15. EVP

    EVP Gold Member

    The Australian version of the AQHA accepts horses into its own stud book....and gives them FM registration. My ASH mares fall into this category and my AQHA mare falls into the same category in reverse with the ASHS.

    I personally tag these AQHA cases as "lucky" because their admittance was purely pen-stroke from Australia and not the international norm.

    The AQHA here would FM or supplimentary register just about anything (or so it would seem).....regardless of whether it was quality, genetically sound, or was born without parents!.......AHAHAHAHA.

    This particular individual is a testament to his owner/breeders long term association with both breeds. And validates their personal breeding program, knowledge and ethics. Not all horses are lucky enough to be the end result of all these things. Including research and long-term commitment to that end product. If only every person who bred a horse wanted to emulate this scenario on all counts!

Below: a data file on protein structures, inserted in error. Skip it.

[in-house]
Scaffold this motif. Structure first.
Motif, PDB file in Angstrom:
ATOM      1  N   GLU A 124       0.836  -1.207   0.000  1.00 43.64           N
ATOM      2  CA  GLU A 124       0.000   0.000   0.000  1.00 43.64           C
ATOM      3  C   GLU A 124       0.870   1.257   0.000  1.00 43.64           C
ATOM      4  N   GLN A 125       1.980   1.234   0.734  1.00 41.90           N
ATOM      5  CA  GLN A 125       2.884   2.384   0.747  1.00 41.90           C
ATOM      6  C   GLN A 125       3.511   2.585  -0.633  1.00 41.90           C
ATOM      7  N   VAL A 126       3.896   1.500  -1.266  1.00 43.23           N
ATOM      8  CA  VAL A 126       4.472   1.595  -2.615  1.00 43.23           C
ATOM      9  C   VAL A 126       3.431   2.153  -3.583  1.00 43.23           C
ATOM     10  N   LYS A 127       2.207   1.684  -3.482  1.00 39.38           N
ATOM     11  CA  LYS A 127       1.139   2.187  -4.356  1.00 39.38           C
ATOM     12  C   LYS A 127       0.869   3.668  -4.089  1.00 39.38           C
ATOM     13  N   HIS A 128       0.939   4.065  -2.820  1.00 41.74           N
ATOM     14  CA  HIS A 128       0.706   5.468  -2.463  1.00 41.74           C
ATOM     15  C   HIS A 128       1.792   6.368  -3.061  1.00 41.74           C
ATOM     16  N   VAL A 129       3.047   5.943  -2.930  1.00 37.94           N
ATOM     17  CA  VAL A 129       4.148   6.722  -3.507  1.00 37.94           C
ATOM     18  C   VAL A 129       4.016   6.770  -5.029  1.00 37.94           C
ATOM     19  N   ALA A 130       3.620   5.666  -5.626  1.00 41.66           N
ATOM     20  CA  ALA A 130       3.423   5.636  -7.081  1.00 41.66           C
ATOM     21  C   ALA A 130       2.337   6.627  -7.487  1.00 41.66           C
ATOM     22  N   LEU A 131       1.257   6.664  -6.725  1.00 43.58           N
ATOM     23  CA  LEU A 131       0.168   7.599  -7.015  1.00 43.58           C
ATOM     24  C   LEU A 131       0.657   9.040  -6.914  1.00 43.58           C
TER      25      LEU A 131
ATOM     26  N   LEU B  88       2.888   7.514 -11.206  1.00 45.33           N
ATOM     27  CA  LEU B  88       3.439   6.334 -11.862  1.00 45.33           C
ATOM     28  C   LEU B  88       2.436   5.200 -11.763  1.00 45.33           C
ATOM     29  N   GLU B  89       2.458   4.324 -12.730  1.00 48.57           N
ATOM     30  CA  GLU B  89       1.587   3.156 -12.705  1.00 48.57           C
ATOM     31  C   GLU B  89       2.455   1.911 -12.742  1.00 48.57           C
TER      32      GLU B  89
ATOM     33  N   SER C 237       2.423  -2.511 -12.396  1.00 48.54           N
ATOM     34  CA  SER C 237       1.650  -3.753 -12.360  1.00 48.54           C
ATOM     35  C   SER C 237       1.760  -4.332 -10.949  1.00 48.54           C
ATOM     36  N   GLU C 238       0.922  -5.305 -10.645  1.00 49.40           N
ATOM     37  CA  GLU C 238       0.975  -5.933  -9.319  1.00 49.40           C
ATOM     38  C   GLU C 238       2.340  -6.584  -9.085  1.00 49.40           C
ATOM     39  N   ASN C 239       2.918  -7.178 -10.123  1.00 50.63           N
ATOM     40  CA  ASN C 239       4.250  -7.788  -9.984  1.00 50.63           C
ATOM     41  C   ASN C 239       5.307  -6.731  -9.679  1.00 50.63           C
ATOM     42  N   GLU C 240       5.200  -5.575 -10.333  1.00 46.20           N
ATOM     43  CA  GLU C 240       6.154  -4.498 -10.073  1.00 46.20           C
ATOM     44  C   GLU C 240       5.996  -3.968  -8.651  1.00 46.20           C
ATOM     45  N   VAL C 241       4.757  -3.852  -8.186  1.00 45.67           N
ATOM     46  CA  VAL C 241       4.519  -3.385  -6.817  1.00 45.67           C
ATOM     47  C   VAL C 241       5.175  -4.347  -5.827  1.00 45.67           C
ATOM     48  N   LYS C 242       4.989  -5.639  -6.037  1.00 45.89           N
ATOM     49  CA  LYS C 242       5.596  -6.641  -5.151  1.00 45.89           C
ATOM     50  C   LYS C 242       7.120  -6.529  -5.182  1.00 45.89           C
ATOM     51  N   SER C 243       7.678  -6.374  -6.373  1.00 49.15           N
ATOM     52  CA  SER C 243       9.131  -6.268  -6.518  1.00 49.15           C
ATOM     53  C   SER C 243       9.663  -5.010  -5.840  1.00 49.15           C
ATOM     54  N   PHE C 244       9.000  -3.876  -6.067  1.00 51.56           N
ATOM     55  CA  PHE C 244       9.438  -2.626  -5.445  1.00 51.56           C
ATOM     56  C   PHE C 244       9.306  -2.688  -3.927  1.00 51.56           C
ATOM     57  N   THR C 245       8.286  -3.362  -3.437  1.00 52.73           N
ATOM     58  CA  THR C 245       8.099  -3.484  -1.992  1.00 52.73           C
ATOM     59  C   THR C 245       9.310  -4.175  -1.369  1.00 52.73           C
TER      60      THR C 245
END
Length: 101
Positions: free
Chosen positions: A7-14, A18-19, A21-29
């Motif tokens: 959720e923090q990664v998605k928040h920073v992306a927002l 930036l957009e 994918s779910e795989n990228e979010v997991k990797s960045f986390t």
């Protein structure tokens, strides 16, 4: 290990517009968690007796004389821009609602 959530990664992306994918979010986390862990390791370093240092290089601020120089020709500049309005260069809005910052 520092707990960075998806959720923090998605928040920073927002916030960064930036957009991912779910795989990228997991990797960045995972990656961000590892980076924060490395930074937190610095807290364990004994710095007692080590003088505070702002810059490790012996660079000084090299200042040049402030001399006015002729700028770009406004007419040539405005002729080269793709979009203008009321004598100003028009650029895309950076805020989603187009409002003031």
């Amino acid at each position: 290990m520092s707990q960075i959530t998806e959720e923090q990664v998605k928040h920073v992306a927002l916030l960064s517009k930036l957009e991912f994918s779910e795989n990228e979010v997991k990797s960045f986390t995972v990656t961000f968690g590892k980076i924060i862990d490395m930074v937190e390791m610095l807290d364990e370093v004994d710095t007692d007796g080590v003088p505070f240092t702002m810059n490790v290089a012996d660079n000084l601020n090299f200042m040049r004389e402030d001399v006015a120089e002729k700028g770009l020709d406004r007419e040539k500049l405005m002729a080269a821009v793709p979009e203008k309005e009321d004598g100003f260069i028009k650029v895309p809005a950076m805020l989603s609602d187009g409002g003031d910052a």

16. whitepantheress

    whitepantheress Well-known Member

    EVP, my understanding from looking into Jacks breeding was that genetic status MUST be tested and disclosed in the studbook.

    AQHA Australian Quarter Horse Association

    Maybe I have misunderstood ^^^...???
  17. belambi

    belambi Active Member

    Still belongs to the breeder. Shoved her hair in with some I was having tested cause I felt she would be homozygous black and just wanted confirmation. She is very similar to her sire to ride.
  18. kiraSpark

    kiraSpark Gold Member

    Hello you two, you can register a QH/WB cross with AQHA.

    Check out the mare Glenyarra Kiara on the AQHA website. She is a Warmblood mare (with only a AWHA rego) by Lutz out of a TB mare. She has had three foals to a QH sire and all the foals are registered. Its do-able, just a bit more of a 'process' than recording the usual ASB, AHSA or ASHS foundation mare, Id imagine :)